Tensions and hostilities persisted until early 2019, when the regime of Omar al-Bashir - to a large extent symbolized by oppressing minority groups in the Darfurs, Blue Nile state and South Kordofan - finally ended. Meanwhile, many inhabitants of the Nuba Mountains and other parts of South Kordofan, had escaped to South Sudan, which had become independent in 2011. There, they found, however, a country with even more interethnic strains and assaults, resulting, in addition to the innumerable internally displaced persons, the flight of 2.3 million citizens to six countries in the region. An area characterized by perpetual political and ethnic tensions which often resulted in border crossings in opposite ways. The present case of refugees from Ethiopia to the Republic of Sudan is an example of this phenomenon in the IGAD-region. (The Intergovernmental Authority on Development (IGAD) is an eight-country trade bloc in Africa that includes governments from the Horn of Africa, the Nile Valley and the African Great Lakes. Its headquaters is in Djibouti City)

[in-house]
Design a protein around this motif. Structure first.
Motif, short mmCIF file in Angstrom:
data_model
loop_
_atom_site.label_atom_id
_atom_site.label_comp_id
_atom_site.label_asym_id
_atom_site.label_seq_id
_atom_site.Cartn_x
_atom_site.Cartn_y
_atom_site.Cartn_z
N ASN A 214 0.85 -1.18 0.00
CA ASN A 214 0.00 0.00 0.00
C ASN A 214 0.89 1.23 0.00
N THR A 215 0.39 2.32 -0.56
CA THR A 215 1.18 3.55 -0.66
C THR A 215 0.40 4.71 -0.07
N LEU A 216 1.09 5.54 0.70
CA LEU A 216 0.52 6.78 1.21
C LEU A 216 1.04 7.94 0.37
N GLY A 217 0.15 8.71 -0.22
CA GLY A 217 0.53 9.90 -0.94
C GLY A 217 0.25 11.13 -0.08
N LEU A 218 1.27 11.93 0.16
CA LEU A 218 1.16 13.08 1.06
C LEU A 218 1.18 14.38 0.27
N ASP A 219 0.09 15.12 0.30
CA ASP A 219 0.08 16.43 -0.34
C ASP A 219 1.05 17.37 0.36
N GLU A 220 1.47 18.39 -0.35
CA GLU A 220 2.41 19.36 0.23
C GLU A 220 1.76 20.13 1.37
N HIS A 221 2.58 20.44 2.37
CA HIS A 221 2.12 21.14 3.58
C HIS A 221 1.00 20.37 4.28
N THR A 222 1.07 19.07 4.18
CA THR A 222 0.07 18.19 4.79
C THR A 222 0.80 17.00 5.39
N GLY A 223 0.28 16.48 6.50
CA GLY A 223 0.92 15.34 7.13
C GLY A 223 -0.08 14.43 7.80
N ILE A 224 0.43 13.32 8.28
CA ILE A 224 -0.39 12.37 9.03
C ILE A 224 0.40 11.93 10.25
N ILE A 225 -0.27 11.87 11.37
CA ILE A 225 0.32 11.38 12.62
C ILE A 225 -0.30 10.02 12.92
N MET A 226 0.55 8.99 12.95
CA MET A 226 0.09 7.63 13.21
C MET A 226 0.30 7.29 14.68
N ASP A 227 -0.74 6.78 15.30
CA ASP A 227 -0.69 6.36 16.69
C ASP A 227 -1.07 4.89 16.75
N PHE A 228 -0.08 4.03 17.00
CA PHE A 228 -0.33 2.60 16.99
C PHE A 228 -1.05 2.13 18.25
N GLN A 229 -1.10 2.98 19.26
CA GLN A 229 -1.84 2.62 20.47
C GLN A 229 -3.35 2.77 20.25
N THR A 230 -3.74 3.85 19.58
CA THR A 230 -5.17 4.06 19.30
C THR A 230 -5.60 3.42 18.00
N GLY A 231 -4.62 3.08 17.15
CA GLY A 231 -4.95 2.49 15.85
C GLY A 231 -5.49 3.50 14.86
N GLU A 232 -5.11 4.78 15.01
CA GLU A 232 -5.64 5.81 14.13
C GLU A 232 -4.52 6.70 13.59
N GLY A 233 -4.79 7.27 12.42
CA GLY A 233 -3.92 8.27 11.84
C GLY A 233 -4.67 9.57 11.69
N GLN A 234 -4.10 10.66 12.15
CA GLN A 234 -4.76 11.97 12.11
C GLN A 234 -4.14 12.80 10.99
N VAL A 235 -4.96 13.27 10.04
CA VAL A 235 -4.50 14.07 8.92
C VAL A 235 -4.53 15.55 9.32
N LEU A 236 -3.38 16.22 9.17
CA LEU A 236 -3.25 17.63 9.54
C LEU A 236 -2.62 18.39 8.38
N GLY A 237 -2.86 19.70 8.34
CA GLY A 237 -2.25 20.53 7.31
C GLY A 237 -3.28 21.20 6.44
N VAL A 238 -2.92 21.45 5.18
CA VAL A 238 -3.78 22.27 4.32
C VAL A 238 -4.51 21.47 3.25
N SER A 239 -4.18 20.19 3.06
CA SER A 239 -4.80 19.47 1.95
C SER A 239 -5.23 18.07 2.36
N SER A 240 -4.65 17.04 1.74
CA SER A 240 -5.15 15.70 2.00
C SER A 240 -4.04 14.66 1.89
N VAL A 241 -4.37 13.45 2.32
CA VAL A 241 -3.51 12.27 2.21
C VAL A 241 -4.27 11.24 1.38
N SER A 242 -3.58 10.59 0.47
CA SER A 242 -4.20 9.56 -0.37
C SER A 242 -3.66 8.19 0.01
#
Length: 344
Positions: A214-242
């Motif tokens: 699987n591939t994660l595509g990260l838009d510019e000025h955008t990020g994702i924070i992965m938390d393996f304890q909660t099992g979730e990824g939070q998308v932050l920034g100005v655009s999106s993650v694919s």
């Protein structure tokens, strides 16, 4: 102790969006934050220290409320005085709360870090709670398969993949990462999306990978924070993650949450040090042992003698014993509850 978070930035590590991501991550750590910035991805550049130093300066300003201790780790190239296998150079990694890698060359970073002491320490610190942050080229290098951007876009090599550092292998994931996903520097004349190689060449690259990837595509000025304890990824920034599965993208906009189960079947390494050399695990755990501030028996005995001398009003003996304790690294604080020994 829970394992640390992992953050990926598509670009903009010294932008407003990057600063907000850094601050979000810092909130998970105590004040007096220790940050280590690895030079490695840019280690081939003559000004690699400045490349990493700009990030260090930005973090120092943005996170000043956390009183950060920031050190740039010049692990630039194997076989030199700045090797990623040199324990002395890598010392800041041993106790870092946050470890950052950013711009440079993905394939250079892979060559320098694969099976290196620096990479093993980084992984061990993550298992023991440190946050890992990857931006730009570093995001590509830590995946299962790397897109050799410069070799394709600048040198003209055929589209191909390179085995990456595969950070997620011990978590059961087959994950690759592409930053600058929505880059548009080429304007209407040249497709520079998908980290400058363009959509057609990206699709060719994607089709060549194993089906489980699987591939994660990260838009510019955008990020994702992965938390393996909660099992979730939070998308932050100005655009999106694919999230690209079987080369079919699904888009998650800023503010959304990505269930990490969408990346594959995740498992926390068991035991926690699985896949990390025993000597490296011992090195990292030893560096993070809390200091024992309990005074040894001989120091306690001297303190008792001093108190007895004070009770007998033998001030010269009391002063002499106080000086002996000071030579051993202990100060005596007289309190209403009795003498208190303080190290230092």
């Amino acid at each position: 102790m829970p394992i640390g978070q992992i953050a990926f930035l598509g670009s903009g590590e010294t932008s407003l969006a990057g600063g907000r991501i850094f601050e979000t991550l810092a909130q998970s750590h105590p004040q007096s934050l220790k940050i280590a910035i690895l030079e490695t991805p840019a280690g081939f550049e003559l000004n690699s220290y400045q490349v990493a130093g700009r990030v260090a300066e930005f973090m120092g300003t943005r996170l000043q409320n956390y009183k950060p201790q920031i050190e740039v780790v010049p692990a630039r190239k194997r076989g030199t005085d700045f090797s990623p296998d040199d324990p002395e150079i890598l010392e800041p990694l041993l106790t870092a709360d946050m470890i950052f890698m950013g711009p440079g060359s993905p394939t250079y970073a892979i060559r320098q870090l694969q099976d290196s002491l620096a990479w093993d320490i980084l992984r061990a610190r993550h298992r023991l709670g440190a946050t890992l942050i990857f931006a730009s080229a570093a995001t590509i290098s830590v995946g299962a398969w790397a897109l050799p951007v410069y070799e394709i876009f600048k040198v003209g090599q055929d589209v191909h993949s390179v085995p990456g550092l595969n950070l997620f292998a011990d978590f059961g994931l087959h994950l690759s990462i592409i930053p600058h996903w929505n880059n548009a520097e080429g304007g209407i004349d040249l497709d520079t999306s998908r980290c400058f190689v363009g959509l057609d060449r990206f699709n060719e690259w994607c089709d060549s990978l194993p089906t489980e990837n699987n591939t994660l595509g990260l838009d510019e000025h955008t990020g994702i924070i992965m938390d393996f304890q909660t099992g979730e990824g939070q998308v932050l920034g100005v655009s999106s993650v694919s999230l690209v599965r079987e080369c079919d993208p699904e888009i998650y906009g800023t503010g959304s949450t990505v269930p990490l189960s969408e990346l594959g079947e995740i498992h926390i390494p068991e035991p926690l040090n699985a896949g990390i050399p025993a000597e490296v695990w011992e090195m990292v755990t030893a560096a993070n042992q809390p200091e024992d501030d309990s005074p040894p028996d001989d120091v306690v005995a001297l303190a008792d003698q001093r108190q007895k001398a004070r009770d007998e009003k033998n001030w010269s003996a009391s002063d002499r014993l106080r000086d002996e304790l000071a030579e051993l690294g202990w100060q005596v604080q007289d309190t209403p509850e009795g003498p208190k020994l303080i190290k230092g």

Radical Relook at Drug Policies Puts Human Rights into Equation

A “radically innovative” new analysis of global drug policies has laid bare the full impact repressive drug laws and their implementation have on millions of people worldwide, civil society groups behind its creation have said.

Indigenous Peoples Want to Move Towards Clean Energy Sovereignty

In the community of Bella Bella on Turtle Island in the western Canadian province of British Columbia, the indigenous Heiltsuk people capture heat from the air through devices in 40 percent of their homes, in a plan aimed at sustainable energy sovereignty.

China’s Risky Strategic Game in Myanmar